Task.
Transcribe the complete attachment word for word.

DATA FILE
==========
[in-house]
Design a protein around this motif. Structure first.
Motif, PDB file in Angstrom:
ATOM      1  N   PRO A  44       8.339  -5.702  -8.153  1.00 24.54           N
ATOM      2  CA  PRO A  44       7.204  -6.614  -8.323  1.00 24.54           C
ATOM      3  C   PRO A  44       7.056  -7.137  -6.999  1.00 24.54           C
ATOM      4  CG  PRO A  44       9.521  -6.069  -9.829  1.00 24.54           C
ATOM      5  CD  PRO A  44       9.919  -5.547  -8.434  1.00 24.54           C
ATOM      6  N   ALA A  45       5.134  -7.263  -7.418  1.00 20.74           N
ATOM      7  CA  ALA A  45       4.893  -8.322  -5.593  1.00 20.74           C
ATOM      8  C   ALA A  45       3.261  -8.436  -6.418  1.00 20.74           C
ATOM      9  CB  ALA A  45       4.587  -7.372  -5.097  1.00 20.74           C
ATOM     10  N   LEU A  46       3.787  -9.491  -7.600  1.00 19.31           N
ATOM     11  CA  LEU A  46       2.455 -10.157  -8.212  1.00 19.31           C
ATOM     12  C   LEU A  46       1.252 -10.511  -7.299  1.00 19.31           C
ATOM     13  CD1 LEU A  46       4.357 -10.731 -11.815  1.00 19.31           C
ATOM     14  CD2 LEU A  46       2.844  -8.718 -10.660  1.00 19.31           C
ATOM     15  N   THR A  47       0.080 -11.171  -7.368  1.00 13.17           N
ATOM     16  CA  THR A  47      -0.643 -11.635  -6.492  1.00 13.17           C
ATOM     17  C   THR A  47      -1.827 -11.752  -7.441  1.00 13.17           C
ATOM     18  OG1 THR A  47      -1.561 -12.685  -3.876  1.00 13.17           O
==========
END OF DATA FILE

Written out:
[in-house]
Design a protein around this motif. Structure first.
Motif, PDB file in Angstrom:
ATOM      1  N   PRO A  44       8.339  -5.702  -8.153  1.00 24.54           N
ATOM      2  CA  PRO A  44       7.204  -6.614  -8.323  1.00 24.54           C
ATOM      3  C   PRO A  44       7.056  -7.137  -6.999  1.00 24.54           C
ATOM      4  CG  PRO A  44       9.521  -6.069  -9.829  1.00 24.54           C
ATOM      5  CD  PRO A  44       9.919  -5.547  -8.434  1.00 24.54           C
ATOM      6  N   ALA A  45       5.134  -7.263  -7.418  1.00 20.74           N
ATOM      7  CA  ALA A  45       4.893  -8.322  -5.593  1.00 20.74           C
ATOM      8  C   ALA A  45       3.261  -8.436  -6.418  1.00 20.74           C
ATOM      9  CB  ALA A  45       4.587  -7.372  -5.097  1.00 20.74           C
ATOM     10  N   LEU A  46       3.787  -9.491  -7.600  1.00 19.31           N
ATOM     11  CA  LEU A  46       2.455 -10.157  -8.212  1.00 19.31           C
ATOM     12  C   LEU A  46       1.252 -10.511  -7.299  1.00 19.31           C
ATOM     13  CD1 LEU A  46       4.357 -10.731 -11.815  1.00 19.31           C
ATOM     14  CD2 LEU A  46       2.844  -8.718 -10.660  1.00 19.31           C
ATOM     15  N   THR A  47       0.080 -11.171  -7.368  1.00 13.17           N
ATOM     16  CA  THR A  47      -0.643 -11.635  -6.492  1.00 13.17           C
ATOM     17  C   THR A  47      -1.827 -11.752  -7.441  1.00 13.17           C
ATOM     18  OG1 THR A  47      -1.561 -12.685  -3.876  1.00 13.17           O